Ending Corn Ethanol Subsidies
By STEVE BREYMAN
Many observers are still abuzz from the surprise move by the US Senate to try to end subsidies for corn ethanol. The subsidies, which run out at year’s end, come in two forms, direct and indirect. Refiners, including Valero Oil, Marathon Oil, and Koch Brother interests receive direct payments of $.45/gallon from the US Department of Agriculture. Nearly as sweet is the $.54/gallon tariff on imported ethanol (cheaper sugar cane derived alcohol from Brazil).
Both are likely to be altered significantly—though not ended—in a deal under negotiation by Senators Feinstein, Klobuchar, and Thune. This is a step in the right direction. A federal mandate that gasoline contain ethanol (a replacement for MTBE) gave birth to the corn ethanol industry, and the generous subsidies for it. Now some 35-40% of US corn—some 5 billion bushels per year–is turned into ethanol. Only 7% of the crop became ethanol in 2001. This radical shift led to surging global food prices as the US produces about 39% of the world’s corn, and exports some 16% of that. Even the World Bank has condemned the use of food for fuel.
The legislative threat to subsidies sent corn prices plunging from record highs on the Chicago Mercantile Exchange. How much of the $6 billion per year direct subsidy might return to the public coffers remains an open question. Corn state senators would funnel most of it to ethanol infrastructure, including pipelines and blender pumps. Biofuels proponents feel unfairly singled out; they complain that legislators failed to kill oil industry subsidies (mostly tax breaks) despite record oil industry profits. But corn ethanol too is profitable without subvention.
As subsidies for corn ethanol fade, subsidies for “corn waste” or cellulosic ethanol arise. It is harder, more expensive, and currently unprofitable to produce ethanol from cellulose (woody biomass) as compared to corn kernels. The US Department of Energy will, according to the New York Times, provide a $105 million loan guarantee for the expansion of an ethanol refinery in Iowa. Times science reporter Matthew Wald claims that “Commercial production of ethanol from waste products like husks is the holy grail of the ethanol industry, and other companies have stumbled in their quest to achieve that goal.” The “waste” also includes cobs and leaves, what corn farmers call stover. DoE’s underwriting joined $800 million in loan guarantees provided the cellulosic ethanol industry earlier this year by the US Department of Agriculture.
Does the DoE not have a plant ecologist or soil scientist on staff? Where’s the science behind USDA’s generosity? Where do these agencies think soil comes from? Understanding the carbon cycle is a basic lesson of Biology 101. Mother Nature reuses or recycles everything, including cellulose. Students learn early on that waste is unknown in nature; it is solely a human construct.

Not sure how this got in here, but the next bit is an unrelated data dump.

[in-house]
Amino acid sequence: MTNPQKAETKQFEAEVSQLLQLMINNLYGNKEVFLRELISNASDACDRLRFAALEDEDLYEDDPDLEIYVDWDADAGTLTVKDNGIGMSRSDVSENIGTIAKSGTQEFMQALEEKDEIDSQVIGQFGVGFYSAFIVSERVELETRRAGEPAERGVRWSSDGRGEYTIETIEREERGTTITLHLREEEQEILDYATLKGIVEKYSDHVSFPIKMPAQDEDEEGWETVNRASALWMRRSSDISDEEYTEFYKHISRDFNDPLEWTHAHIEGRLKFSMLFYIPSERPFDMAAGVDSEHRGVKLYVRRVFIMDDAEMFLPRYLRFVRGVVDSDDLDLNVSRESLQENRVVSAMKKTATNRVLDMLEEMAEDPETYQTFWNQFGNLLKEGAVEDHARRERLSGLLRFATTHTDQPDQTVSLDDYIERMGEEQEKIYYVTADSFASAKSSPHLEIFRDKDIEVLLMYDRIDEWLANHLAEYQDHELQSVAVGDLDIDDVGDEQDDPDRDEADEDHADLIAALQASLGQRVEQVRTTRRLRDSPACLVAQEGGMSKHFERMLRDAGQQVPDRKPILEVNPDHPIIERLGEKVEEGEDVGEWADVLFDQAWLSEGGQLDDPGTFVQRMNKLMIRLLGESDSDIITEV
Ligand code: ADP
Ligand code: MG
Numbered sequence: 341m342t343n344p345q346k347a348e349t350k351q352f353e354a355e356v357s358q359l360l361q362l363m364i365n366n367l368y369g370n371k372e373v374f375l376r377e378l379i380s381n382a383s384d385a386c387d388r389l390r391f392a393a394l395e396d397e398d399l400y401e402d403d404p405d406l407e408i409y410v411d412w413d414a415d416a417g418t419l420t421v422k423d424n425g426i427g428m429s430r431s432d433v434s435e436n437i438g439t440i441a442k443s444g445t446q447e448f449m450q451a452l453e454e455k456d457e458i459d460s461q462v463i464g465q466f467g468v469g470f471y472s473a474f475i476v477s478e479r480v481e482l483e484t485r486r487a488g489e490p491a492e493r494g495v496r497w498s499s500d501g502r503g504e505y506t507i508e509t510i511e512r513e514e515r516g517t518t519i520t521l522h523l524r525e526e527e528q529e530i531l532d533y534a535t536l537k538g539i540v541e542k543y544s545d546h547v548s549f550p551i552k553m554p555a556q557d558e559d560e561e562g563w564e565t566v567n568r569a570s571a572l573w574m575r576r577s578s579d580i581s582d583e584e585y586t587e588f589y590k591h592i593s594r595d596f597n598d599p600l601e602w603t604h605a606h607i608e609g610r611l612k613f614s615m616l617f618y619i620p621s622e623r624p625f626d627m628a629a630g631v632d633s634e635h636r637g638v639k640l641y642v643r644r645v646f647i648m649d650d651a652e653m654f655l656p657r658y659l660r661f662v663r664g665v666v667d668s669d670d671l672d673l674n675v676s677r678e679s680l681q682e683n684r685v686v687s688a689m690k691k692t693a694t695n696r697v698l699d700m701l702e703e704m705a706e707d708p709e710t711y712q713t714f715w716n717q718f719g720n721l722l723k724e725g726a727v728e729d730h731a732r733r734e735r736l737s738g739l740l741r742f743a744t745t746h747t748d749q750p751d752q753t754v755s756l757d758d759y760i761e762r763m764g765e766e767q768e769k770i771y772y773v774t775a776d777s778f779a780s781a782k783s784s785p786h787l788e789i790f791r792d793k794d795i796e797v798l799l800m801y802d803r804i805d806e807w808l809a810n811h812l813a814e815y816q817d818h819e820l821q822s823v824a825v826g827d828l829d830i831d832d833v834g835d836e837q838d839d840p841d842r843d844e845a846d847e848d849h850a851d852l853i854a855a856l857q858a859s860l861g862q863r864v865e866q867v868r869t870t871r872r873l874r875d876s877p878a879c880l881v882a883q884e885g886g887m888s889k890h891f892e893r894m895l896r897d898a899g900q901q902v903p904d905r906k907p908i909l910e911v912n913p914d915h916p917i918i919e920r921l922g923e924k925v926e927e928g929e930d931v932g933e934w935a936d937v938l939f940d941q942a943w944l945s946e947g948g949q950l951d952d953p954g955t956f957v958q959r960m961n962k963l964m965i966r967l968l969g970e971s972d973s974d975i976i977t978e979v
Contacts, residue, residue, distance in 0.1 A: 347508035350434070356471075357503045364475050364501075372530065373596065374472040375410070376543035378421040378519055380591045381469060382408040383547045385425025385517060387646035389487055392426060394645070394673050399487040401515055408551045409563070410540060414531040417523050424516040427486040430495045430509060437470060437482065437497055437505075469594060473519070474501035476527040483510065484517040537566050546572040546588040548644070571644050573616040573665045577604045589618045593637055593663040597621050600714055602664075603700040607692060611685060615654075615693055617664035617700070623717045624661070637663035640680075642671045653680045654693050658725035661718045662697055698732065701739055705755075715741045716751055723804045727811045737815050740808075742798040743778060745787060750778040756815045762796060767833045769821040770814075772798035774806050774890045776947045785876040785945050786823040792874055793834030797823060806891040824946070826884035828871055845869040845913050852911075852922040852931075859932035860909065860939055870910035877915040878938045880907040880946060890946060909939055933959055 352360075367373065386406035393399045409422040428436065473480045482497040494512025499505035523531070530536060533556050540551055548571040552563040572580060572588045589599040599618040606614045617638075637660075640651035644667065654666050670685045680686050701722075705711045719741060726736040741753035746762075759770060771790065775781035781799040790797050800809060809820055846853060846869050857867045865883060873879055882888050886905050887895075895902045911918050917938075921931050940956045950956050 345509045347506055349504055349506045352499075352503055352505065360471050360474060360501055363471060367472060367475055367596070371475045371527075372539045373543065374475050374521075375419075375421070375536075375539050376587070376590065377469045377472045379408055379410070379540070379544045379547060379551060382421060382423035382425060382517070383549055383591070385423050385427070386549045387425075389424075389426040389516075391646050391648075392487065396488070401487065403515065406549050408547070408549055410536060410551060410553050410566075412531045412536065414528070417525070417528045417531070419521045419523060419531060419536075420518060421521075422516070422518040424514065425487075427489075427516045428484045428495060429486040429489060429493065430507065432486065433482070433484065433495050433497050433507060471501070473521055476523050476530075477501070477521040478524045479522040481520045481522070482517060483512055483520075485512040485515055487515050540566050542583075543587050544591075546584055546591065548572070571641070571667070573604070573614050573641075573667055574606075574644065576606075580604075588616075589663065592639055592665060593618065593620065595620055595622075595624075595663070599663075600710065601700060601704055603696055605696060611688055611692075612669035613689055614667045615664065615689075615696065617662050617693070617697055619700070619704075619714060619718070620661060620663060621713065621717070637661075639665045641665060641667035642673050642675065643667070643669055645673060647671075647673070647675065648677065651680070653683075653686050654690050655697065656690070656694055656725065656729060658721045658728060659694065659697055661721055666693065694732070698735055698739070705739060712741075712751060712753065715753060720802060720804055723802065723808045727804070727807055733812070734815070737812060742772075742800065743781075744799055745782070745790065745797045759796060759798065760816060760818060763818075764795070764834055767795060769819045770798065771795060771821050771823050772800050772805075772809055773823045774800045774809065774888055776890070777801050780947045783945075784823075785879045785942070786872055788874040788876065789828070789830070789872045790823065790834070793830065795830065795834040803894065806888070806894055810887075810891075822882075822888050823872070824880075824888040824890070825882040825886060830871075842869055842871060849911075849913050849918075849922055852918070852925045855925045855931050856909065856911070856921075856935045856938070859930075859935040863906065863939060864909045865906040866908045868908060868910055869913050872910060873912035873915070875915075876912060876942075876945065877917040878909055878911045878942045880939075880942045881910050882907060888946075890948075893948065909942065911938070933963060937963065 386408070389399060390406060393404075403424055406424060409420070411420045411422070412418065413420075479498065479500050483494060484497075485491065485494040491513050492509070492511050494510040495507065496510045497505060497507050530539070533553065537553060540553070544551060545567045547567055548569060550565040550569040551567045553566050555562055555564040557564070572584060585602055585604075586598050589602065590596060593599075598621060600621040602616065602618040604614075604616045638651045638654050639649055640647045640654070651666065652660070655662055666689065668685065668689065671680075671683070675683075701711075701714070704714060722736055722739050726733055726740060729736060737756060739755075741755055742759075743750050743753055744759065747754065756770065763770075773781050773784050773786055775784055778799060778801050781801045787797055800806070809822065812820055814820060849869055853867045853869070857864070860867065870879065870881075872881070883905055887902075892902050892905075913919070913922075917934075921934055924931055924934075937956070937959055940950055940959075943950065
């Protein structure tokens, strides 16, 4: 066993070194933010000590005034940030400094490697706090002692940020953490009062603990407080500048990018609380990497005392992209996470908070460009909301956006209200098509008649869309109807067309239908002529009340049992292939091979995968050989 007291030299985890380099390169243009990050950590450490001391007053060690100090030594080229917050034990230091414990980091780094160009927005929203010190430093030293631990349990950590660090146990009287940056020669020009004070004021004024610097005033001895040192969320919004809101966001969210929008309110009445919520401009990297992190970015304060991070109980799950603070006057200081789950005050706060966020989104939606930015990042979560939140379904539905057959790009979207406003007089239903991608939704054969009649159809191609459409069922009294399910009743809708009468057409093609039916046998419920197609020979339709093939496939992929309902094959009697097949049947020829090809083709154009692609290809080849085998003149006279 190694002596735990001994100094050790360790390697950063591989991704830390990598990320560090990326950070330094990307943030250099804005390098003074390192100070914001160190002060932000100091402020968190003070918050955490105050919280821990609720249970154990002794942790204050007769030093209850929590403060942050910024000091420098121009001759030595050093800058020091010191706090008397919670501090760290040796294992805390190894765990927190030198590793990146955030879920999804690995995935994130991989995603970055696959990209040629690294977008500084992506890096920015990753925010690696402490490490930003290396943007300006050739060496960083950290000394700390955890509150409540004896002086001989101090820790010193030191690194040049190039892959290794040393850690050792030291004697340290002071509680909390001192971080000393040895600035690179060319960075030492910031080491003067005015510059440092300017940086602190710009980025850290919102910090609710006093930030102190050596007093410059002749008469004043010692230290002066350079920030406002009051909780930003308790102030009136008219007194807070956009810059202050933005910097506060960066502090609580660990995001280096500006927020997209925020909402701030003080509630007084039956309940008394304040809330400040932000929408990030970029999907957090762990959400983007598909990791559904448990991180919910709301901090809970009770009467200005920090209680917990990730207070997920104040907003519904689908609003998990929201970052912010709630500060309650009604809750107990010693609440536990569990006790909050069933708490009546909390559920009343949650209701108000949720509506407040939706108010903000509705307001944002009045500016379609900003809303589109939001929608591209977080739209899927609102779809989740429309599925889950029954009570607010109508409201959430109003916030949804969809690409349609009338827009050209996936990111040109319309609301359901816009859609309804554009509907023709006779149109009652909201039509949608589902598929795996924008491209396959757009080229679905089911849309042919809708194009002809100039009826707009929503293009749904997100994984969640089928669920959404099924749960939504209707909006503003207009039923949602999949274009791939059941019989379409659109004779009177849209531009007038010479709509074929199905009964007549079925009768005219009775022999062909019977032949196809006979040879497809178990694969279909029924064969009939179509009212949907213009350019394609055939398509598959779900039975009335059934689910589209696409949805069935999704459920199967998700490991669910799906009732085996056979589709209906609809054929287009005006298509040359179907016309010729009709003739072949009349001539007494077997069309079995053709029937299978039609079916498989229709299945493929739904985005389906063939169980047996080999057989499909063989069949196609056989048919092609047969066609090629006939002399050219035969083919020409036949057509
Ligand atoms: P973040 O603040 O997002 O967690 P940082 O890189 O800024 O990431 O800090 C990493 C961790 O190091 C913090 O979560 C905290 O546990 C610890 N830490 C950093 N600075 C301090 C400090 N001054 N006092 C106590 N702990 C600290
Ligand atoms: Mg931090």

The plant material left behind following harvest–“crop waste”–is a major ingredient of soil formation, and also holds soil in place. Soil erodes in the US ten times faster than it can replace itself. A millimeter of soil eroded from a hectare weighs 13 tons and takes 20 years for nature to replace. $40 billion in lost productivity washes away every year in the US along with the soil. The world loses about 37,000 square miles of topsoil every year as the number of hungry people grows.
Much of eroded soil ends up in lakes and rivers where it contributes to flooding, food web disruption, and water quality problems. To remove “crop waste” (biomass) from farm fields to convert to ethanol is to intentionally promote erosion and to starve the soil of needed nutrients and organic material. Agricultural soil quality in the US has been on a steady decline for decades; petrochemical soil additives are not a sustainable solution.
Corn feeds far more people than does sugar cane. Corn ethanol is only slightly energy positive. The best US corn farmers and ethanol refiners (using natural gas) can do is less than 2:1. That is, for each unit of energy input, there are fewer than 2 units of energy output. Cane ethanol has an energy balance of 8:1. Sugar cane depletes soil of nutrients slower than does corn. When burned, ethanol from both corn and cane produces greenhouse gases comparable to gasoline.
This is not an endorsement of cane ethanol. One reason Brazilian cane has such a positive energy balance is because refiners burn cane stalks rather than natural gas for power. Not a sustainable soil management practice in the long run. But if biofuels are unavoidable, we should select, and not subsidize, the least worst option.
Steve Breyman teaches at Rensselaer Polytechnic Institute. Reach him email@example.com
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